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justice

Recovering Reconciliation as the Mission of God

10 Theses

  1. Reconciliation is God’s gift to the world. Healing of the world’s deep brokenness does not begin with us and our action, but with God and God’s gift of new creation.
  2. Reconciliation is not a theory, achievement, technique or event. It is a journey.
  3. The end toward which the journey of reconciliation leads is the shalom of God’s new creation—a future not yet fully realized, but holistic in its transformation of the personal, social and structural dimensions of life.
  4. The journey of reconciliation requires the discipline of lament.
  5. In a broken world God is always planting seeds of hope, though often not in the places we expect or even desire.
  6. There is no reconciliation without memory, because there is no hope for a peaceful tomorrow that does not seriously engage both the pain of the past and the call to forgive.
  7. Reconciliation needs the church, but not as just another social agency or NGO (non-governmental organization).
  8. The ministry of reconciliation requires and calls forth a specific type of leadership that is able to unite a deep vision with the concrete skills, virtues and habits necessary for the long and often lonesome journey of reconciliation.
  9. There is no reconciliation without conversion, the constant journey with God into a future of new people and new loyalties.
  10. Imagination and conversion are the very heart and soul of reconciliation.

taken from Emmanuel Katongole and Chris Rice’s Reconciling All Things: A Christian Vision for Justice, Peace and Healing.

I just finished this book last night. It is an incredible little book as this series of Resources for Reconciliation that it was published in weds honest theological reflection and the experience of practitioners.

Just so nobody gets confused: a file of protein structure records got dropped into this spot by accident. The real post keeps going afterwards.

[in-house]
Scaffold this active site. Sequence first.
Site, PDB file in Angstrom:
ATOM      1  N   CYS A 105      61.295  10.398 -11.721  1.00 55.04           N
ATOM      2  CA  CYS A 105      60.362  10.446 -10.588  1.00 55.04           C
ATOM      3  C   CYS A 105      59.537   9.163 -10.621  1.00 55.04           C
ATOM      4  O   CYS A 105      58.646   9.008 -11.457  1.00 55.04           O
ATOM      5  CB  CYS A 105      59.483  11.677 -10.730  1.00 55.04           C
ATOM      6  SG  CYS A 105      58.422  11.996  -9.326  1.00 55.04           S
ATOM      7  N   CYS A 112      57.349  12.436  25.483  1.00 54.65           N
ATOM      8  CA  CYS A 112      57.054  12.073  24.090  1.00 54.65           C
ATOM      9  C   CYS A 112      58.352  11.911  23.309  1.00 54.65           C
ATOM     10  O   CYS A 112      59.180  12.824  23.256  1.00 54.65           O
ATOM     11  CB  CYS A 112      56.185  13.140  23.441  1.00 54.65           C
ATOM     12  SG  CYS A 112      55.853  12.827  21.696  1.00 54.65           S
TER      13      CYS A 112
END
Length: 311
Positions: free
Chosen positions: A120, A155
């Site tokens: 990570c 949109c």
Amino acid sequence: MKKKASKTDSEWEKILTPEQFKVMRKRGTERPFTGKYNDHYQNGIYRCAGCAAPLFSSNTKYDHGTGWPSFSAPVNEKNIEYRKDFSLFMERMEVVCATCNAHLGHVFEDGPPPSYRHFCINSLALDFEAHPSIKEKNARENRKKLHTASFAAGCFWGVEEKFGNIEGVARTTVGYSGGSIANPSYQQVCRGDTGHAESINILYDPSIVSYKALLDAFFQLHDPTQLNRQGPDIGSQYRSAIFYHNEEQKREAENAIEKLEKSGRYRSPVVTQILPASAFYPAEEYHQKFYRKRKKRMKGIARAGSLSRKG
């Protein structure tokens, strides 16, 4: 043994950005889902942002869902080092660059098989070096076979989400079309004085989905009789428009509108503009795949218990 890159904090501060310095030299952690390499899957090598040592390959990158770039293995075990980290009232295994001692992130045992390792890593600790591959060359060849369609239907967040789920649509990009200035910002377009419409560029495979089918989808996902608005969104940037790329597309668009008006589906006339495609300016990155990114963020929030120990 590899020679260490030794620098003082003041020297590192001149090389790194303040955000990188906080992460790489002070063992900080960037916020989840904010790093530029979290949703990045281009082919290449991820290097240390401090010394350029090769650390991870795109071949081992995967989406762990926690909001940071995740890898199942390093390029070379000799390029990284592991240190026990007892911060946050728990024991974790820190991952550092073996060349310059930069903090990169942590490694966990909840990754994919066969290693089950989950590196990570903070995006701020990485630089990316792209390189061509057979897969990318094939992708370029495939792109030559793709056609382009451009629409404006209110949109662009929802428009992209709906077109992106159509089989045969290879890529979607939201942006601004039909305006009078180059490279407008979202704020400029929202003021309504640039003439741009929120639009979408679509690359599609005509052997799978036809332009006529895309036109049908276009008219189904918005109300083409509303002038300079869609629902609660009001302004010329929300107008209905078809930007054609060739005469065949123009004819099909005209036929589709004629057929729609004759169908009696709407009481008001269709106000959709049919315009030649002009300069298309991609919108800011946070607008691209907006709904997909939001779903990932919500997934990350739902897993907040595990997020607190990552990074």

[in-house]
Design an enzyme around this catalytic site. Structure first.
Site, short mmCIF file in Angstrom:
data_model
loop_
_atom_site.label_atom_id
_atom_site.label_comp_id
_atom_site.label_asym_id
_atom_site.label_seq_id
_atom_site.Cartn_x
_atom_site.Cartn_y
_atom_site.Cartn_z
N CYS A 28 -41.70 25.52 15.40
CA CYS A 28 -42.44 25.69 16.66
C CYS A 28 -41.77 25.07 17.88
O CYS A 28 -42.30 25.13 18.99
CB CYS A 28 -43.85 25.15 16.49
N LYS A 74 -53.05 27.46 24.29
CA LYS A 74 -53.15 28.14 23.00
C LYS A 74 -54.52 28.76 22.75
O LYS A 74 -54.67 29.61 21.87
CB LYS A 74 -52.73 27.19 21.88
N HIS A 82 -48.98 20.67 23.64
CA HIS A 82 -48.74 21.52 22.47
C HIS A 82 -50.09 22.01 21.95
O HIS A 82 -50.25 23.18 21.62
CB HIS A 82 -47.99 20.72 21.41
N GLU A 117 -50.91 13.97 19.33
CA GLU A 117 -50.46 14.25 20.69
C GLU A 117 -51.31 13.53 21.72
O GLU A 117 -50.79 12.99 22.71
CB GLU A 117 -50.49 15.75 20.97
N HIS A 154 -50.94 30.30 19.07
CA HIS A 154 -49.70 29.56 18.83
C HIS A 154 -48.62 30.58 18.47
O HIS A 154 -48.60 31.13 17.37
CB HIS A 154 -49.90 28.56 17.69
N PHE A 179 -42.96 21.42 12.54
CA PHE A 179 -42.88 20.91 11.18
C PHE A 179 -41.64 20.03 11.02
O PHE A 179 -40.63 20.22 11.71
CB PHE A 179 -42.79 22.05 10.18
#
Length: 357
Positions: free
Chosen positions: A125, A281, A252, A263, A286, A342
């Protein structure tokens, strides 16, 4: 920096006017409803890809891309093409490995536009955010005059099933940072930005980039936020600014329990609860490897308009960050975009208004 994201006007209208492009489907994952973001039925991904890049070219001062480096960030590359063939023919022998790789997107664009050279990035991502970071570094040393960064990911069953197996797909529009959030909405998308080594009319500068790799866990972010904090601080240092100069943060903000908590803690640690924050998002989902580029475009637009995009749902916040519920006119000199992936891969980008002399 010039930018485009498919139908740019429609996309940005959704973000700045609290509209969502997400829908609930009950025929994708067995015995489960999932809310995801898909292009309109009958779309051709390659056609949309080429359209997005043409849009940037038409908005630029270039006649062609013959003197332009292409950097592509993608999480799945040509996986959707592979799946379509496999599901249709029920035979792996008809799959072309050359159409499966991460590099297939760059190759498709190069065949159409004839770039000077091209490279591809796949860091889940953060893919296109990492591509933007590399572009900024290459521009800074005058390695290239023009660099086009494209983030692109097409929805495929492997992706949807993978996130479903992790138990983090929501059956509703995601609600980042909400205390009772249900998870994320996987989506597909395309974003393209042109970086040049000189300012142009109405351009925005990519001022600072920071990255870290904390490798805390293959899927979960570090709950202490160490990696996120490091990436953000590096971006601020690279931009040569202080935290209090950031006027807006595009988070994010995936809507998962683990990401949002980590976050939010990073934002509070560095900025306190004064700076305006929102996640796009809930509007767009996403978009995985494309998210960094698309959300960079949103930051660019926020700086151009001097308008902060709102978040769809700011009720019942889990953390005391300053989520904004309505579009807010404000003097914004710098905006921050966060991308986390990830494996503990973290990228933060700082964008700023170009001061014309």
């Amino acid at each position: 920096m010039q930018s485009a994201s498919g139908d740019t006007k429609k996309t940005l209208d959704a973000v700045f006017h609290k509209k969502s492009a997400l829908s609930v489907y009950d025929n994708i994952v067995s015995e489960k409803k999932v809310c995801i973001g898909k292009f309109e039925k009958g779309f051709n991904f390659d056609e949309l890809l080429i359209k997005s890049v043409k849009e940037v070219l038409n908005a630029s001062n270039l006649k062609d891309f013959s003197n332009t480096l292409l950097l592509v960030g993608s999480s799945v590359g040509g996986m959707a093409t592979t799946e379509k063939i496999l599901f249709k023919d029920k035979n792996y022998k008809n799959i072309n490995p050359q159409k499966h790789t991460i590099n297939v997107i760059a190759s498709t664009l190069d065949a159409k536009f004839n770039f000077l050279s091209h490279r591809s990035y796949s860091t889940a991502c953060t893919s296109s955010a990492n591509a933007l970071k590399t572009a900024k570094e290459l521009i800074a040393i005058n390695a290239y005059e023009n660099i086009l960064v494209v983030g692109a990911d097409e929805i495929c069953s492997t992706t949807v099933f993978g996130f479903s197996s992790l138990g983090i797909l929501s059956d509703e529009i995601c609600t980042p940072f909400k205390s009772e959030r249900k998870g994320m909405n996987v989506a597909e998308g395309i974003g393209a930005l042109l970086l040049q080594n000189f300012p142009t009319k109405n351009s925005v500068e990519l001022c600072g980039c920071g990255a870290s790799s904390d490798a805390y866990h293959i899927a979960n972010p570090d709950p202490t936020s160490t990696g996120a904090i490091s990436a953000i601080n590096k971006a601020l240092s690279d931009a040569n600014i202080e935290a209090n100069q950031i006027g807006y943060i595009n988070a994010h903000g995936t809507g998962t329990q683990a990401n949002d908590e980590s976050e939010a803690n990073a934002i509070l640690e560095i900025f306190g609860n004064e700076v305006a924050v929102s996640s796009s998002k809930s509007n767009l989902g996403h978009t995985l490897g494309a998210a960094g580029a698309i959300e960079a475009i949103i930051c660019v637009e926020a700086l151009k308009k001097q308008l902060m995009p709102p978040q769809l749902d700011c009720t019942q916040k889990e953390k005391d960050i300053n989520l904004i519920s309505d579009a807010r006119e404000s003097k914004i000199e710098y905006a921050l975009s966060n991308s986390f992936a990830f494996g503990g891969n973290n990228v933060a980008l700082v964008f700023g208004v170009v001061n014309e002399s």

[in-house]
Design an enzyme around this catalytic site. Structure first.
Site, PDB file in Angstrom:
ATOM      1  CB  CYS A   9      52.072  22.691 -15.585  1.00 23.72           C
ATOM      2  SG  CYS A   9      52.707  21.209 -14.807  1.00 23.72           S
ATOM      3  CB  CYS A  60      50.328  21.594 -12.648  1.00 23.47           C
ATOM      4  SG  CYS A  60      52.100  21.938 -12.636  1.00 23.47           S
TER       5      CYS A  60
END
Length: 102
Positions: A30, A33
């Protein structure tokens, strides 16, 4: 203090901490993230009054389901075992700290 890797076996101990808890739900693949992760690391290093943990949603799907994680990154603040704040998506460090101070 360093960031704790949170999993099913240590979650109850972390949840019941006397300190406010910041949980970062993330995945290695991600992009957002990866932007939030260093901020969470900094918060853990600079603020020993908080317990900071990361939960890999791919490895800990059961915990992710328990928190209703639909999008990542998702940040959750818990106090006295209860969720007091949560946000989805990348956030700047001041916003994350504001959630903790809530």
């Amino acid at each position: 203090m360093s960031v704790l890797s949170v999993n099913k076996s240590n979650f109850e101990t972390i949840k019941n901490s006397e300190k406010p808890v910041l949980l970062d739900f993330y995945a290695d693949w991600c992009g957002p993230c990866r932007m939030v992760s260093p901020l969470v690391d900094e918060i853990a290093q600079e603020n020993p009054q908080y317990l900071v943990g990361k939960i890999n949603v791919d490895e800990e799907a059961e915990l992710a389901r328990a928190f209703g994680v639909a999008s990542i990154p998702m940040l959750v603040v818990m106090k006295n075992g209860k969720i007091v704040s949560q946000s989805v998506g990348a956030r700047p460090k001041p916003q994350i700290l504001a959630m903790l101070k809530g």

I hope to offer my own reflections on these theses in the days to come.

In the mean time check out these resources:

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About david b. clark

a husband and father || a student of philosophy, theology, history, literature, music, art, computer science

Discussion

3 thoughts on “Recovering Reconciliation as the Mission of God

  1. 2. Reconciliation is not a theory, achievement, technique or event. It is a journey.

    I agree it isn’t a theory or a technique, but not sure with the other two. Maybe with man to man.

    But what about the reconciliation of God to man? Was that not an event: the cross? Was that not an achievement of the cross?

    Posted by Tim Wilson | 18 December, 2008, 12:27 pm
  2. Tim,
    I believe that reconciliation is both a reality and still yet to be realized. That’s why Paul would say that we have been given the word of reconciliation.
    I believe that reconciliation must be a declaration because, while it is an achieved reality because of the work on the cross, it is not yet a conscious reality that is operative in us.
    I think both can be true and not contradict each other.

    Posted by The Simple Light Cafe | 19 December, 2008, 12:00 am
  3. Tim, you bring up an important point in saying that the cross was certainly an even and achievement God’s reconciliation with man. In God’s “time” we could certainly say that in the cross, once and for all reconciliation was made. But here is the amazing thing: God has given us the ministry of reconciliation as being the ambassadors of Christ. The paradox is that yes reconciliation is a completed process in the cross, but we are given the opportunity to participate in the process and journey of reconciliation.

    The other part, and this is what the authors were emphasizing, is that the process of reconciliation involves the healing of our memories and forgiveness. And these two things are never a one time event. They may have their beginnings in an event, but it always a long hard journey.

    Thank you for your comments.

    Posted by david clark | 19 December, 2008, 12:53 pm

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